Mr Edmonds - Tell us what the trade balances are!

Mr MENZIES - If the honorable member for Herbert, who is from Queensland, is unaware of the fall in the price of wool, to take a simple example, I am sorry but I will not expect to see him in this House after the next election.

All this flim-flam about red China disposes of itself; let Opposition members mumble in their corners about their attitude as between Japan, which is not Communist, and red China, which is Communist; it will be a superb illustration for the people to have in their minds. Before I sit down - we have only fifteen minutes, as my right honorable friend realized - I just want to say a word about lead and zinc, because the right honorable gentleman's enthusiasm on this subject is newly born. I cannot remember him saying" anything about lead arid zinc or, indeed, about any of these other problems except the recognition of red China, until the last few days. Therefore, perhaps I should tell him something that I thought was well known. The tariff commission in the United States - I forget its precise name - investigated the question of lead and zinc and brought in a report months ago. The very moment it appeared that some action was likely to be taken, we made our representations. We made it quite clear, through diplomatic and other channels, that this was something that seriously concerned us because it affected a not unimportant export industry. The Administration of the United States of America, being a little reluctant to go in for some steep tariff accommodation, then began to investigate and to discuss what became known as the Seaton plan, which was designed, as I recall it, to include some stabilization on a basis of limited production.

All this, I thought, was very well known. It was freely discussed around this place. The right honorable gentleman had not heard of it, but other people had. The matter finally went before the President, and the President himself came down, within his powers, in favour of a quota. We instantly made our representations on that, first against the imposition of a quota and, secondly, pointing out that the year which was the basis of the quota was a very unfavorable and unrepresentative year as far as Australia was concerned. All those representations have been made and, of course, they have been considered. We are not in command of American policy, nor do we need to become too passionate about this matter. After all, the basis of the whole argument about lead and zinc is that for some time there has been a world over-production and this has had a depressing effect on prices. One of the great things that my distinguished colleague, the Minister for Trade (Mr. McEwen), has been hammering at the Montreal conference is the necessity for having multilateral commodity arrangements which will tend to give stability to the prices of these base metals. All that he has been pursuing with his usual vigour, while other people have just been waking up for the first time to these simple facts of life.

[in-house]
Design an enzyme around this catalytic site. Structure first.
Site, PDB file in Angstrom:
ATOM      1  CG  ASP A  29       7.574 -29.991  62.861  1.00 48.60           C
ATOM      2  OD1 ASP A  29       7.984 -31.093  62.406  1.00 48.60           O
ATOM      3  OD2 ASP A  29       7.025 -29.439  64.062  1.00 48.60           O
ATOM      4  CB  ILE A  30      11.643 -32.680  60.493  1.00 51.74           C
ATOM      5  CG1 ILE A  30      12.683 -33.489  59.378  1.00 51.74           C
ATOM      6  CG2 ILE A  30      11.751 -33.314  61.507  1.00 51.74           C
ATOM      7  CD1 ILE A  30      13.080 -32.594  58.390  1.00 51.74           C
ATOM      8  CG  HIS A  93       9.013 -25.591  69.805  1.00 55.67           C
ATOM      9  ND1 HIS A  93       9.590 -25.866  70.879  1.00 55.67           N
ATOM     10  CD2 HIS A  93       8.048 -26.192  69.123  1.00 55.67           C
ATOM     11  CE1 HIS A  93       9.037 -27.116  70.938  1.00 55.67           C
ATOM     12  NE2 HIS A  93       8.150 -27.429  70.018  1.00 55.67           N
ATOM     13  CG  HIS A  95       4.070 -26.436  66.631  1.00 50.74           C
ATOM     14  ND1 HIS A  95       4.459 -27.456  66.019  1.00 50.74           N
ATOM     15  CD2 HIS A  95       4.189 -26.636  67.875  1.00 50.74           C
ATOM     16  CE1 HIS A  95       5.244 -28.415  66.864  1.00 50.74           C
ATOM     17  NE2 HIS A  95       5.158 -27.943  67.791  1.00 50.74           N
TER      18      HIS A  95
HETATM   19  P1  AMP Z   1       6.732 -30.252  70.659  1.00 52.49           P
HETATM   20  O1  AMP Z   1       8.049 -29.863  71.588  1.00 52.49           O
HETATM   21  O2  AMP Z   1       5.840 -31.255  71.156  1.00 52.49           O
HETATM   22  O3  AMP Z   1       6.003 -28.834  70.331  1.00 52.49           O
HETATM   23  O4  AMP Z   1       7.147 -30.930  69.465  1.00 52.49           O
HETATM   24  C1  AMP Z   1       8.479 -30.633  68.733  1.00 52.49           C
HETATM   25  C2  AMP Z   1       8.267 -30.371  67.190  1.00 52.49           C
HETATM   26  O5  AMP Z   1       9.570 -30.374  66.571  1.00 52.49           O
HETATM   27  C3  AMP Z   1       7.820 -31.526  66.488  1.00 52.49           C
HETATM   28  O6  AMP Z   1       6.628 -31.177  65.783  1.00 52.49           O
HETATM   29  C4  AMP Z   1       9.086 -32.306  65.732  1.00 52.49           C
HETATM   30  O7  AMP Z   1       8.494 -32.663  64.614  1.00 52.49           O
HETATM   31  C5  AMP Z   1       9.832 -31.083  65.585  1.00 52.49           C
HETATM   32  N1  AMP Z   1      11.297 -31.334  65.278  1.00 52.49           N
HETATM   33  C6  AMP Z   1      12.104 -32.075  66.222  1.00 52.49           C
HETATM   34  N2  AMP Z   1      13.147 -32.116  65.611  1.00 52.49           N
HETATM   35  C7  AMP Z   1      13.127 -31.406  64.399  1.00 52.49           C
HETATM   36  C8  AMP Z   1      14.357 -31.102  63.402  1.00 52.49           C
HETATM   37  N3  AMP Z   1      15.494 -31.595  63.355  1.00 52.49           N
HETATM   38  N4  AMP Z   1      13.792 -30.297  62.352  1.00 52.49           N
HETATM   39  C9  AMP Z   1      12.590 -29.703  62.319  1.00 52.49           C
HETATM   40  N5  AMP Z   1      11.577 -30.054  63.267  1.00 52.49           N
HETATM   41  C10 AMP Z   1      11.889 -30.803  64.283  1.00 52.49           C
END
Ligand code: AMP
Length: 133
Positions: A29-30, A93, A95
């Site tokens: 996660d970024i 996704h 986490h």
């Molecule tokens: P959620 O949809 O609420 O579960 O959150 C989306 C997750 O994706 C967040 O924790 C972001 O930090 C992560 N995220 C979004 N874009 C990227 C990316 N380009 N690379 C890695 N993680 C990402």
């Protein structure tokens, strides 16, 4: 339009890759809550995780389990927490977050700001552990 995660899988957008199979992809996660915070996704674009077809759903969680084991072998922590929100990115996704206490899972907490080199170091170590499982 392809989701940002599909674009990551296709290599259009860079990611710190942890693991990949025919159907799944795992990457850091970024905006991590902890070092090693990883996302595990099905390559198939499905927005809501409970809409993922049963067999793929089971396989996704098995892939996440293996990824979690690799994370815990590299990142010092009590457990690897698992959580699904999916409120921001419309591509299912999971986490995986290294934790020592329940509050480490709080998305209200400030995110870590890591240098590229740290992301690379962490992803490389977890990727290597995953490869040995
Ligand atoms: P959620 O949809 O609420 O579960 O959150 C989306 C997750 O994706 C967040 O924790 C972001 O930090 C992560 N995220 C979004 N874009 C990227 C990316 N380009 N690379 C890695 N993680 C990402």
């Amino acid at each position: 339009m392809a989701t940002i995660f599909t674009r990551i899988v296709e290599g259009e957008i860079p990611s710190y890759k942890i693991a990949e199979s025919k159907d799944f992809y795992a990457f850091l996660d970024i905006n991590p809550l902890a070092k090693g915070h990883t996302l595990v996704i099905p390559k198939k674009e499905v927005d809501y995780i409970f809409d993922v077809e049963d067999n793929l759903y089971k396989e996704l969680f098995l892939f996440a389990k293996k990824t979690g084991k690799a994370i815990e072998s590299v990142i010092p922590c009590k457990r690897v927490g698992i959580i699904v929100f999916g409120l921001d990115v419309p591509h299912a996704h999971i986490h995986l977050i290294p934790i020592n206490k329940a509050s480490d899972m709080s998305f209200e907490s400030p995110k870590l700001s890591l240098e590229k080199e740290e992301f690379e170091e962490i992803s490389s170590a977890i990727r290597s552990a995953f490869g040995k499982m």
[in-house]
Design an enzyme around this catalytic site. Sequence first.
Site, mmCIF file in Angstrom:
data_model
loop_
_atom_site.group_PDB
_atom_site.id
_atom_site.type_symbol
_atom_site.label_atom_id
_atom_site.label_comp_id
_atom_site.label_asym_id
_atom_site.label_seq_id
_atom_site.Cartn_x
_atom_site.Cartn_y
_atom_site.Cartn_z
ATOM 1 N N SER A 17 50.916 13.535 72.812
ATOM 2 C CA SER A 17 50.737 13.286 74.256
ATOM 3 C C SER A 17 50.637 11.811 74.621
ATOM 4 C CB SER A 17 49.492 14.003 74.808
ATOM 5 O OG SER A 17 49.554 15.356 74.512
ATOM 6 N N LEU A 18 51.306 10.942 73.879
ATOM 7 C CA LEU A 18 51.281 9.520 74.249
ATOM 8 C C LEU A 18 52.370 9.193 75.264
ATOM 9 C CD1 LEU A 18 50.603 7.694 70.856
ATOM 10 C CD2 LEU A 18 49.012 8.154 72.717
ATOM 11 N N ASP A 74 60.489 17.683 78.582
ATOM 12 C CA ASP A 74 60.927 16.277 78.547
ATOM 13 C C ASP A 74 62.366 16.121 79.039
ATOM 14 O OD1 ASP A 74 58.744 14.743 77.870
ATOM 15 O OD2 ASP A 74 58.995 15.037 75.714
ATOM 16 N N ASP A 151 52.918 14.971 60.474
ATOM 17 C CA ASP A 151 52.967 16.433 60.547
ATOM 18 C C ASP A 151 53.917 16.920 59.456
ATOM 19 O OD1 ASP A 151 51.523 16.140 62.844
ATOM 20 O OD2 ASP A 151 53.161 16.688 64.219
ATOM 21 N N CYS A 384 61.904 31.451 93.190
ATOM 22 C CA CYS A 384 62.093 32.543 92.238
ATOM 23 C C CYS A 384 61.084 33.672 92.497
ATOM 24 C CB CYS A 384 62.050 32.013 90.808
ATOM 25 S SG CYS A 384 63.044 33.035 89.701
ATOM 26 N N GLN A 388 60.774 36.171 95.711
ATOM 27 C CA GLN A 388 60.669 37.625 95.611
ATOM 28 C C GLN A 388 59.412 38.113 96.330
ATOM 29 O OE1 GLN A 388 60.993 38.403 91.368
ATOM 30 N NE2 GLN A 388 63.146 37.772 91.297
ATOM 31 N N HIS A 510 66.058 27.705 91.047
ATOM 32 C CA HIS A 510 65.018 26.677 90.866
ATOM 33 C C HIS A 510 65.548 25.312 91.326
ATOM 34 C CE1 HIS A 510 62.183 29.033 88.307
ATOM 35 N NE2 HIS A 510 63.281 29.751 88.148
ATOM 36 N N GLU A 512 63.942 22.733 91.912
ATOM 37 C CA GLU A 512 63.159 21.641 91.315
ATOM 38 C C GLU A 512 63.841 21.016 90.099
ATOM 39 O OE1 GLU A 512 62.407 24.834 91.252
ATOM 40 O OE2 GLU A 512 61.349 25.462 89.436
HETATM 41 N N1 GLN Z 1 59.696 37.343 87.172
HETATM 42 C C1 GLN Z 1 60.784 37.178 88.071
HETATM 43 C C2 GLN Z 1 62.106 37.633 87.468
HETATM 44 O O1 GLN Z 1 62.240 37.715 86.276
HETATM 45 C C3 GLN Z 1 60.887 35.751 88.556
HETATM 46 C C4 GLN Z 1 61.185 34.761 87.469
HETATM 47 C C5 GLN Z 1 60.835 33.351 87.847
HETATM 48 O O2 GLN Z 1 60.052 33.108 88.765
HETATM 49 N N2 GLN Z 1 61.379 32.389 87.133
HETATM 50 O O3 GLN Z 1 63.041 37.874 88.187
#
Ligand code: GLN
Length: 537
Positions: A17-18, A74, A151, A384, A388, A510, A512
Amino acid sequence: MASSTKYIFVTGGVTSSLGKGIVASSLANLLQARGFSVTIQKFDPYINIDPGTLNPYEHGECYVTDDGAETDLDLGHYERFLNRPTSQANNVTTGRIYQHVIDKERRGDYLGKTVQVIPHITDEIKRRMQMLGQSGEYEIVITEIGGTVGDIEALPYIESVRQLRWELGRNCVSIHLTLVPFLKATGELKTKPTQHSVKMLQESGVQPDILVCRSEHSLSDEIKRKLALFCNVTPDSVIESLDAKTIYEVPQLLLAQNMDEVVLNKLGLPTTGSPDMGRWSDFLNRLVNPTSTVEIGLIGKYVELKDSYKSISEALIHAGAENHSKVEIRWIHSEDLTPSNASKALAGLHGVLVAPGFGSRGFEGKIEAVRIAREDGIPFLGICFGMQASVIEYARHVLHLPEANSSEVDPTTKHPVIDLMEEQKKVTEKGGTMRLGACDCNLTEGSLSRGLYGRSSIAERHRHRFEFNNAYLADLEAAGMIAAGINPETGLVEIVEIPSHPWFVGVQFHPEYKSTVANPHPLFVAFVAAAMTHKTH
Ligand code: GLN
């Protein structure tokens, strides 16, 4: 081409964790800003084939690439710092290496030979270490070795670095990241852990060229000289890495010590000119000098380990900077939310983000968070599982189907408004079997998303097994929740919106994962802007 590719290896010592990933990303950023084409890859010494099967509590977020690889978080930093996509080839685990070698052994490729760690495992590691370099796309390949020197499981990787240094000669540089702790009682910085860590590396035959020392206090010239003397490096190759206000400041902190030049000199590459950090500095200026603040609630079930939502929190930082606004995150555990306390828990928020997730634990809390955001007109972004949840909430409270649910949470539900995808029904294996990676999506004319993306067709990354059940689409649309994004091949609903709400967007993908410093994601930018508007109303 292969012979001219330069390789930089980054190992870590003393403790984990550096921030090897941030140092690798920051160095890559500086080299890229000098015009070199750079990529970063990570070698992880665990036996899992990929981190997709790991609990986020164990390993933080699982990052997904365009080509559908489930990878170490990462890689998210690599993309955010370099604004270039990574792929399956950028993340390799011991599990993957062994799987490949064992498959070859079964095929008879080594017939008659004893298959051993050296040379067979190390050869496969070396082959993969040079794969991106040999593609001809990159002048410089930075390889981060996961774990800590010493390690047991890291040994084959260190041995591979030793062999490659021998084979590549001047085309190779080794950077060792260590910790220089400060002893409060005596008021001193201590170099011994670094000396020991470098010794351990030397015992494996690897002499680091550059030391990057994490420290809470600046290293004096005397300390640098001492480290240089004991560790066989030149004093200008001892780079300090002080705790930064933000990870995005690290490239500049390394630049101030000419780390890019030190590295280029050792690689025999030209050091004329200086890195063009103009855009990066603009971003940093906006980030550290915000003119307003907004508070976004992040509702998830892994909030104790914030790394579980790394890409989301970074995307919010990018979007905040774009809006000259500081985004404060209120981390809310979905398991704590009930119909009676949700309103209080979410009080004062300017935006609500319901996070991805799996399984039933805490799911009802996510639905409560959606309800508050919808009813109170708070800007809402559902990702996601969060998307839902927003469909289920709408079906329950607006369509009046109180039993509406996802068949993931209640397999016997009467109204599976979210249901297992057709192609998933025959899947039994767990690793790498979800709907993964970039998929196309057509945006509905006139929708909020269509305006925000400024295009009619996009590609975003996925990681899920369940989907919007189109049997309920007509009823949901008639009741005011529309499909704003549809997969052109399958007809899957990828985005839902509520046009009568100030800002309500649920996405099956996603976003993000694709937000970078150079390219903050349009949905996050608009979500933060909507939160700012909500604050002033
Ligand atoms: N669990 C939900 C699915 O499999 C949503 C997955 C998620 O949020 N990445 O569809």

It may be said - and this is the last thing I will have time to say - that we have not put our representations in the right quarter. In those circumstances, I hope that the House will bear with me if I say that the Australian Ambassador has cabled me the full text of a personal letter, which will be formally delivered to me later to-day, from the President of the United States on this very matter. He says this -